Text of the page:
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Rafael Benítez and Newcastle United are back in the Premier League – but have they underachieved or overachieved this season? And, most importantly, what happens now?

Why did it take so long to confirm promotion?

Given that Benítez invested £55m in 12 players last summer (although he achieved a £30m transfer profit after raising £85m in sales from his newly relegated squad) many neutrals expected Newcastle to be up by March at the latest. In contrast, those with intimate knowledge of the Championship believe Benítez has worked wonders, fully earning his £5m-a-year salary.

They point out that, during the previous five seasons, only one side, Burnley, have secured immediate automatic promotion the year after dropping out of the Premier League. Chris Hughton, who has taken Brighton up and also won the Championship with Newcastle in 2010, ranks among those who believe the second tier is infinitely tougher than seven years ago, with players considerably fitter and, thanks to advances in match analysis techniques, managers better prepared tactically.

The Tyneside challenge was further complicated by the reality that opponents viewed trips to St James’ Park, with its invariable 52,000 full houses, as “cup finals” and raised their game accordingly. Visitors also tended to turn up in packed defence mode, which does not suit either Newcastle’s or their manager’s preference for playing on the counterattack.

Will the club be sold in the coming weeks?

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Watch this space. It is quite possible that nothing will happen and Newcastle simply continue under Mike Ashley’s ownership but senior club sources acknowledge that there has been discreet interest from assorted parties in recent months. If – and it is only an if – a takeover does happen, expect it to be as sudden and unexpected as Manchester City’s switch to Emirati control.

Possible buyers? Well, the state of Qatar is reportedly weighing up purchasing a Premier League club and rumours of Chinese interest refuse to disappear. Ashley would demand a high price, and is sufficiently contrary to suddenly decide to keep the club, but purchasers are attracted by those 52,000 crowds, Newcastle’s international reach – the former chairman Freddy Shepherd may have exaggerated slightly when he once claimed his was the world’s eighth most popular team but the club are undeniably high profile – their rare city-centre location in a regional capital and, of course, the transformative presence of Benítez.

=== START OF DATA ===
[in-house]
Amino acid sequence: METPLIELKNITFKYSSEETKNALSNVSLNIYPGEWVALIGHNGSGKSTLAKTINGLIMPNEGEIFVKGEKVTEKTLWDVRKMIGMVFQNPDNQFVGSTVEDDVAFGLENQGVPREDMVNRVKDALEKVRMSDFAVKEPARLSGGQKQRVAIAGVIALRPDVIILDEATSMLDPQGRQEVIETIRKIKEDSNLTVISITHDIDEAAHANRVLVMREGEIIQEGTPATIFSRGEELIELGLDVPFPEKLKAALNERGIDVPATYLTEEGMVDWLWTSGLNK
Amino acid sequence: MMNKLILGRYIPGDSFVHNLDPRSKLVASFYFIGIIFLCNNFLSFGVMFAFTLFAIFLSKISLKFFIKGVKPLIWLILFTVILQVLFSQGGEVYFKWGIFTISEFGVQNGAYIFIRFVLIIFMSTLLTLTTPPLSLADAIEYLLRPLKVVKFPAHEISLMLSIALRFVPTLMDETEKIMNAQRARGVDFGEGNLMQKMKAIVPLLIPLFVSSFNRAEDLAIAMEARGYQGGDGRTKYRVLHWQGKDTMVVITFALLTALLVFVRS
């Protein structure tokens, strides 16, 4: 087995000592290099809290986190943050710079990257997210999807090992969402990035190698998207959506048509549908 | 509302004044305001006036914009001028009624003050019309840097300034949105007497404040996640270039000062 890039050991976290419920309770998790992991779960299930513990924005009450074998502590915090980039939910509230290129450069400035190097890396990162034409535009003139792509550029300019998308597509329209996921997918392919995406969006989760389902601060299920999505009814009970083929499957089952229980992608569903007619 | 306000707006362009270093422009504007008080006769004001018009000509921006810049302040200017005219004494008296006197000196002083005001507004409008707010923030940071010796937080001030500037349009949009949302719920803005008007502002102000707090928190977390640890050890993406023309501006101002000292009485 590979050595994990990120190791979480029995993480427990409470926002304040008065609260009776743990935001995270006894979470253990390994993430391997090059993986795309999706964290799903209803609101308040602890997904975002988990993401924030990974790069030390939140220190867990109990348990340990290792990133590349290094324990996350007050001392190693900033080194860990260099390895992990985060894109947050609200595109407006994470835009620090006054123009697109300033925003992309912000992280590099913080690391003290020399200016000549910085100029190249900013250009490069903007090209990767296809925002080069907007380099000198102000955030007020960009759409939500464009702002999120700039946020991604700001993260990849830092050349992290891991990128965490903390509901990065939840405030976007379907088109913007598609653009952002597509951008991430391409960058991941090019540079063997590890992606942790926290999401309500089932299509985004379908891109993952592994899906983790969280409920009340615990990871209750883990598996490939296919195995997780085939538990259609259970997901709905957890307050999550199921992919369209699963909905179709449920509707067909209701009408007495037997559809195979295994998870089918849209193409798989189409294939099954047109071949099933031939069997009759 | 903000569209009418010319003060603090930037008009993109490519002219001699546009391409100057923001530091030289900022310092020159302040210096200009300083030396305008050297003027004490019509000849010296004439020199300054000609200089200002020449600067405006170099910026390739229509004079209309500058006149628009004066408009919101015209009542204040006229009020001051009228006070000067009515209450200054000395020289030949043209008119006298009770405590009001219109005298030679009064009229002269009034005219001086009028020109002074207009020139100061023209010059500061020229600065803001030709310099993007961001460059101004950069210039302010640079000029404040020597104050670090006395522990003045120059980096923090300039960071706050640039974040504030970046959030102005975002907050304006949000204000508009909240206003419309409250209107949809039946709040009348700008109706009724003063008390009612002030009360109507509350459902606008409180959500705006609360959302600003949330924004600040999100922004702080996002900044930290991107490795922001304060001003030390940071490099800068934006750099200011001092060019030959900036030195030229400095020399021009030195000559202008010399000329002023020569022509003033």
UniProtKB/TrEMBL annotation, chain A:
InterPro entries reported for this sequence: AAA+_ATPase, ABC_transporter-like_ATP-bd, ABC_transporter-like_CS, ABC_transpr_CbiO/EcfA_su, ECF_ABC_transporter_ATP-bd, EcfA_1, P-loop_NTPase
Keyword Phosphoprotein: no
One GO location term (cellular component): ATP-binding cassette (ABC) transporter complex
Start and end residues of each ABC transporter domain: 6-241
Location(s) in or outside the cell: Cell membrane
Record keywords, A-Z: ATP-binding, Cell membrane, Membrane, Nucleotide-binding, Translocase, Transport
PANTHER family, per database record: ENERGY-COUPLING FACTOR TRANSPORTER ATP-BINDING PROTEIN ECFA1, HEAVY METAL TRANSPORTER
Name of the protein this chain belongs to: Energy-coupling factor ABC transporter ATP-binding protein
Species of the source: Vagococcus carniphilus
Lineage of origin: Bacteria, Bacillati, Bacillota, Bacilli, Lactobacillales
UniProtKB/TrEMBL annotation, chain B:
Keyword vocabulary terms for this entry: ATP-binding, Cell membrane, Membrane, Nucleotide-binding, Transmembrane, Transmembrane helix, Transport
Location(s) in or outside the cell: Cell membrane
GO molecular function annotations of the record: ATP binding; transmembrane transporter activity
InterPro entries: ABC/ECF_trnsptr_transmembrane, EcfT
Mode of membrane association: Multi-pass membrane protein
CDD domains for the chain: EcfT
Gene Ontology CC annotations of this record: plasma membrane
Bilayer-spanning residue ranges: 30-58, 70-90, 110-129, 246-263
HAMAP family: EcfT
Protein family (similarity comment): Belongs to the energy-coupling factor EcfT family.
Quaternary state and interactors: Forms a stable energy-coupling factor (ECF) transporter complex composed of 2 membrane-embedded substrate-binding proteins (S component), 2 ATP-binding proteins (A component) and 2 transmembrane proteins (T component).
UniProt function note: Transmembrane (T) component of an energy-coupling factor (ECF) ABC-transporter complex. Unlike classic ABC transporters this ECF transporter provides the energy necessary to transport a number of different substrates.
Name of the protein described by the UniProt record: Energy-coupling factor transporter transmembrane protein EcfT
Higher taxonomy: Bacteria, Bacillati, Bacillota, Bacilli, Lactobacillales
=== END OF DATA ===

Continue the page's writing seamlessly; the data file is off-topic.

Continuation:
Will Benítez stay?

The million-dollar question. In January – when Ashley refused to allow his manager to buy the winger and central midfielder he craved – the former Liverpool and Real Madrid manager indicated he could well depart this summer.

Benítez, long admired by, among others, West Ham United, would not lack offers but the January frosting of relationships has long since thawed. Indeed, harmony is said to now be restored, with two recent transfer summits to discuss summer spending having proceeded “positively”.

Critically, the manager appears to have regained charge of recruitment, with the influence of Graham Carr, the once powerful chief scout who has Ashley’s ear, much diminished. The big concerns are that Benítez and Ashley rarely speak directly and that the former is keener on buying the odd player older than 25 than the latter.

Benítez’s affection for the club and the city runs deep and he would like nothing better than to stay at St James’ Park, win a trophy and take Newcastle back into the Champions League – but he is not a complete romantic and will walk if things are not to his liking.

The problem is Ashley and the Spaniard like to be in control, and Benítez is perhaps far too practised a political operator for the owner’s comfort. Last summer Ashley’s edict to club staff was: “What Rafa wants, Rafa gets” but the mood music is no longer quite the same.

How important is the manager staying to the club’s future?